1. It was the whole United Kingdom (and not only Great Britain) who voted the Brexit. United Kingdom = Great Britain + Northern Ireland.
    2. The European Movement International (EMI) is not considered and predecessor of the EU. The European Coal and Steel Community (ECSC) is seen as such predecessor. This was an European organisation that served to unify several European countries after World War II. It was established in 1951.
  • Jun 28, 2016
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    Like The Political Compass itself, the EU comprises a social dimension and an economic dimension.
    Remain voters were themselves divided between:
    A Those enthusiastically embracing the EU's prevailing economics (neoliberal/free trade) but unhappy with the Social Charter and Chapter — especially on migration. This is a position held by many Conservatives.
    B Those happy with both the economic and social provisions, which includes many people on the centre/right of the Labour Party, almost all Lib Dems and some wet Tories.
    C Those enthused by at least most of the EU's social provisions, but rejecting corporate values and neoliberal economics (left-of-centre ...social liberals eg Labour leader Jeremy Corbyn).
    Brexit voters were similarly divided between:
    D Those rejecting the EU's prevailing economics but accepting, at least to some extent, the social dimension (many Labour supporters)
    E Those rejecting both (quintessentially UKIP)
    F Those comfortable with many of the EU's economic provisions, if only they could easily exit the Social Chapter (Conservative)
    The attitudes of C and D, and also those of A and F, are similar; though because of contrasting degrees of feeling they resulted in a different vote.
    Fundamentally, our social scale measures the extent to which diversity in social and cultural matters is a stimulus (libertarian) or a threat (authoritarian). These instincts inform our attitudes to all kinds of issue — from abstract art to sexual identity, foreign cultures, and crime and punishment. There is little doubt that the average Brexiter would show a less socially liberal score in out test. In the EU referendum, the social debate was largely about national identity, cultural diversity, sovereignty and, of course, migration.
    The referendum also served as a vehicle for expressing discontent — or plain contempt — for the spiralling rich-poor gap, out-of-touch politicians and self-serving bureaucrats, and general anger among those alienated and left behind. Anti-Westminster sentiments wer re-directed towards the EU which, after all, largely simply reflects the prevailing politics of its members. The referendum made more clear than ever the uneasy alliance of Labour voters — the marginalised and socially conservative in the northern regions, and the liberal centre-left élite in the metropolitan areas. While these two distinct categories might find little to disagree upon in economics, on the social scale the urban élite Labour voter is likely to have more in common with Lib Dems or the Tory "left".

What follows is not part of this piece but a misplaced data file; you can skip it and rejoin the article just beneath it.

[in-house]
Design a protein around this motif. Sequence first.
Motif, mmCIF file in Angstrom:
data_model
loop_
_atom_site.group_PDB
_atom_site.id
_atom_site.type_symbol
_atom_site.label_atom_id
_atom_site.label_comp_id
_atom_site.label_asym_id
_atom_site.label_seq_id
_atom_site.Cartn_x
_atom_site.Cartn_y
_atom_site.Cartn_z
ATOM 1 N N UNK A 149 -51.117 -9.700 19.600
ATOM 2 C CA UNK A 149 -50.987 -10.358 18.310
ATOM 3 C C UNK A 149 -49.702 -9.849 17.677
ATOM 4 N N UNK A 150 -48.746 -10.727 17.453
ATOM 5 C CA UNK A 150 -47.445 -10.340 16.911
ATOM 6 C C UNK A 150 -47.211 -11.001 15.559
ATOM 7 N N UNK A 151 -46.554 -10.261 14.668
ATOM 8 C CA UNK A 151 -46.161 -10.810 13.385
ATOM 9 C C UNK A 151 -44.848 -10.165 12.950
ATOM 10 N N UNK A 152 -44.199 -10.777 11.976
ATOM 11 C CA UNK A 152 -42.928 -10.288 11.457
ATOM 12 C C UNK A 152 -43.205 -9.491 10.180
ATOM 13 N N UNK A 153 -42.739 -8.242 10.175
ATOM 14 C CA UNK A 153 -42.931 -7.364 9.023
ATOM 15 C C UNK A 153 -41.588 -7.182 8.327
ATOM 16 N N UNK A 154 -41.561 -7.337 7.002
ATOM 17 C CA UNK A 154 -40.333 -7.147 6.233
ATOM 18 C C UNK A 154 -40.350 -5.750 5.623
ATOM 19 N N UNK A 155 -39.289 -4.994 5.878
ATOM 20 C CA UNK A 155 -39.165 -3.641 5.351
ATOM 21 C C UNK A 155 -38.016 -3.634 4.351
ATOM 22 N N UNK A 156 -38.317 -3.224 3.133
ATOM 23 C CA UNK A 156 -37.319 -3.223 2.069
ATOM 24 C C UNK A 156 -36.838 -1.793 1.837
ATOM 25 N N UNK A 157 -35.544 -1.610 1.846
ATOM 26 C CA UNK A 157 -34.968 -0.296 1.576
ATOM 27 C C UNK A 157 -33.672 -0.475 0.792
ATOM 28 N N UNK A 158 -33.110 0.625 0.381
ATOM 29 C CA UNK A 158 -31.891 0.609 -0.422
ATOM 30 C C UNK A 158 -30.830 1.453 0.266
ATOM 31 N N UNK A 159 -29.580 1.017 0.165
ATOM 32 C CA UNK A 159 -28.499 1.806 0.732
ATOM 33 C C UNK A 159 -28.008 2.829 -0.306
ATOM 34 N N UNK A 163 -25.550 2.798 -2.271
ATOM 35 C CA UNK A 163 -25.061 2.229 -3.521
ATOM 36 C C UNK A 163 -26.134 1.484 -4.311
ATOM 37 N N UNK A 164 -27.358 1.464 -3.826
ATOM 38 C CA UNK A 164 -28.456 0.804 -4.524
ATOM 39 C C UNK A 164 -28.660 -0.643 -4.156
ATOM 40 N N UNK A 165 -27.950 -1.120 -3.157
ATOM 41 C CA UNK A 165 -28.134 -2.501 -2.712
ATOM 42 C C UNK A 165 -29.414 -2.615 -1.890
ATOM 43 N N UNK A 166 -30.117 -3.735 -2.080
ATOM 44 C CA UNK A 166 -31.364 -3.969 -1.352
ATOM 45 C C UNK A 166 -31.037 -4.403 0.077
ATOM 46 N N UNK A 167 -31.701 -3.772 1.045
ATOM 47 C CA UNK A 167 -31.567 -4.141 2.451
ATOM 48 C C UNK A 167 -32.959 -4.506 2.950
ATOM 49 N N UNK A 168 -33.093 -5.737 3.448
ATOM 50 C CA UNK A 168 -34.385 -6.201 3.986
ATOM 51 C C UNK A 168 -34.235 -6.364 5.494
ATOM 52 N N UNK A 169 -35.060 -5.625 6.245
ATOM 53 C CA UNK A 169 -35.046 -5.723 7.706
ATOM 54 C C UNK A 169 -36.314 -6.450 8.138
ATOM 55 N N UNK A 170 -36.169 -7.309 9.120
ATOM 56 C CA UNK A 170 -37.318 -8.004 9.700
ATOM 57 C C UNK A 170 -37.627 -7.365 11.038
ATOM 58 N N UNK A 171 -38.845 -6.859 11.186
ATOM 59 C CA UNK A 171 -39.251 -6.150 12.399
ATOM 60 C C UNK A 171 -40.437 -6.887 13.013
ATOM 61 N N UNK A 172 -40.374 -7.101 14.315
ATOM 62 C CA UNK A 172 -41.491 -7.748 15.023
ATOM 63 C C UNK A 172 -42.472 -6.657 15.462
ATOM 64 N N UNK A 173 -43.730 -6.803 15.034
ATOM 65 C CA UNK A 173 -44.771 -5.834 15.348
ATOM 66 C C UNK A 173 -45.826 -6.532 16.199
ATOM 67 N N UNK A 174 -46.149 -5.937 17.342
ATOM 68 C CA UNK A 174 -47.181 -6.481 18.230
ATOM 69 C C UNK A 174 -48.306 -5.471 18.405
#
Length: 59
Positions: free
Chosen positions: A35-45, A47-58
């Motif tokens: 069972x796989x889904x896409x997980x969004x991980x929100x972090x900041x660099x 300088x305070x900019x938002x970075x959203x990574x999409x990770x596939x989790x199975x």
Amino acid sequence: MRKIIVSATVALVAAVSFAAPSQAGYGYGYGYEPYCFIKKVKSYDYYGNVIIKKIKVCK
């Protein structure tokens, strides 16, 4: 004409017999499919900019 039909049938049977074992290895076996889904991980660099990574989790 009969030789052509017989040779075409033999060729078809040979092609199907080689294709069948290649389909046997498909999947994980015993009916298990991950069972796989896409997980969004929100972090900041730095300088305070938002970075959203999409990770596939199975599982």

Although it went almost unnoticed, UKIP leader Nigel Farage's extraordinary victory speech included reference to having 'fought against multinationals and big merchant banks'. That, from a figure generally seen to be to the right of the Tories! This is the populist formula common to all of Europe's other righting 'anti-establishment parties' … picking up some of the discarded economic baggage of ideologically threadbare mainstream left parties, and wrapping them in the flag. It's an appeal to those who are afraid, angry and left behind.
    Another thing to consider is that the demoralised Lib Dems might now have the perfect vehicle for a phoenix-like comeback. They're the only party unshackled by complex divisions over Europe and inevitably damaging leadership battles. The Lib Dems have few fixed principles, but they have held an unswerving attachment to the EU. The party wasted no time in announcing that they'll campaign in the next election (perhaps sooner than expected) for EU re-entry. No need for another referendum. A vote for or against the Lib Dems would serve almost the same purpose. We have little doubt that the Lib Dems will enjoy some defection from both 'moderate' pro European Labour MPs of the Blairite tendency as well as wet Tories, deeply troubled by a new Brexit government under a Boris the Boorish, or a Theresa who May or may not deliver. A daunting cloud will hang over the shattered political landscape for who knows how long? The Lib Dems are meanwhile uniquely placed to make hay while there's no sunshine.
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  • Don Hyde
    Jun 28, 2016
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    The Euro Dollar is for Big Bussienes only in My view. The Head Line is misleading here sorry!
    Let all of Europe go back to their own Currencies. Get Reid of Big Brother putting Money before Humanity and Our Planet!
    I am not being Racist. But after World War 2? The Cut Up on Who got what seems to have failed since then. False Falgs cause unnecessary Terrarism! So in My View, it seems WW2 never really ended officaly.
    We all no Propaganda started bothe World Wars and more!
    Let each Country be Sovergn and run its own affairs ...with out Big Brother and the Old Dogmatic Ways dictating Who can do What and When! I am sure the People and Counties can Resoved Issues far better. Make Peace over War caused by The Oligarghs and Elite Neocons!
    Don
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    • Don Hyde
      Jun 28, 2016
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      I made a slight typo? Get Rid of Big Brother. (Could not edit!) also if The EU and having Euro Dollar? Was designed to work for Peace, equality etc after all these Years? It seems to have failed and clearly is not working for everyone's benefit. I know Us Baha'is want and NWO of Peace? But the Dogmatic Greedy Corrupt Elite? Want an Evil NWO of Microchipped Zombie People! The Pope in 2015 called for an NWO. One can take it as they want? Does One think He is talking About True Freedom?
      We can all see the Order ...of Chaos is being exposed more and more. For what it truly is. This of course is Making Way for the Peaceful Baha'i NWO of Freedom? Not dictatorship!
      Don